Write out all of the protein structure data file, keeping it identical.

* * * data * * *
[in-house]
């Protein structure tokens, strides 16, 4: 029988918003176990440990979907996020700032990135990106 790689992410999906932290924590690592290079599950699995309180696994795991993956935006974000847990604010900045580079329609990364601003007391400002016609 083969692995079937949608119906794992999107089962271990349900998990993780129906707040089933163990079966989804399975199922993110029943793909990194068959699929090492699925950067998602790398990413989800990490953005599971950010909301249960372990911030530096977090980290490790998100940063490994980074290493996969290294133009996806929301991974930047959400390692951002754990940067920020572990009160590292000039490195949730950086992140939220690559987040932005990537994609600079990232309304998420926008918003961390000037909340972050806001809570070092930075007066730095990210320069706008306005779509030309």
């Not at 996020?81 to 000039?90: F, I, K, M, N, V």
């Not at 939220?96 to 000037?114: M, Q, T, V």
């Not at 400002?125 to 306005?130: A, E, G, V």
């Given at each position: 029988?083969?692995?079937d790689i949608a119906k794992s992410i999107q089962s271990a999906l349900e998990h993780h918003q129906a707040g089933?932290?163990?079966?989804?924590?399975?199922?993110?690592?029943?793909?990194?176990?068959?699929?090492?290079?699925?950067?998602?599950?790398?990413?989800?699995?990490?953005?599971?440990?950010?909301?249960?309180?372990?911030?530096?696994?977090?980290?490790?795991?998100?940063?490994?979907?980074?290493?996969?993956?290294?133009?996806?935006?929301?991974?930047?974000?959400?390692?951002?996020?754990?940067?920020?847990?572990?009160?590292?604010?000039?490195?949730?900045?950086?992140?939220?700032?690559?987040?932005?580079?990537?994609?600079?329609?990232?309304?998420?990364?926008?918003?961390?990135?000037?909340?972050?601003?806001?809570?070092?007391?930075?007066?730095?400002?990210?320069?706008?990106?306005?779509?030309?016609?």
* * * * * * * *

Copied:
[in-house]
């Protein structure tokens, strides 16, 4: 029988918003176990440990979907996020700032990135990106 790689992410999906932290924590690592290079599950699995309180696994795991993956935006974000847990604010900045580079329609990364601003007391400002016609 083969692995079937949608119906794992999107089962271990349900998990993780129906707040089933163990079966989804399975199922993110029943793909990194068959699929090492699925950067998602790398990413989800990490953005599971950010909301249960372990911030530096977090980290490790998100940063490994980074290493996969290294133009996806929301991974930047959400390692951002754990940067920020572990009160590292000039490195949730950086992140939220690559987040932005990537994609600079990232309304998420926008918003961390000037909340972050806001809570070092930075007066730095990210320069706008306005779509030309």
């Not at 996020?81 to 000039?90: F, I, K, M, N, V």
């Not at 939220?96 to 000037?114: M, Q, T, V």
């Not at 400002?125 to 306005?130: A, E, G, V």
């Given at each position: 029988?083969?692995?079937d790689i949608a119906k794992s992410i999107q089962s271990a999906l349900e998990h993780h918003q129906a707040g089933?932290?163990?079966?989804?924590?399975?199922?993110?690592?029943?793909?990194?176990?068959?699929?090492?290079?699925?950067?998602?599950?790398?990413?989800?699995?990490?953005?599971?440990?950010?909301?249960?309180?372990?911030?530096?696994?977090?980290?490790?795991?998100?940063?490994?979907?980074?290493?996969?993956?290294?133009?996806?935006?929301?991974?930047?974000?959400?390692?951002?996020?754990?940067?920020?847990?572990?009160?590292?604010?000039?490195?949730?900045?950086?992140?939220?700032?690559?987040?932005?580079?990537?994609?600079?329609?990232?309304?998420?990364?926008?918003?961390?990135?000037?909340?972050?601003?806001?809570?070092?007391?930075?007066?730095?400002?990210?320069?706008?990106?306005?779509?030309?016609?």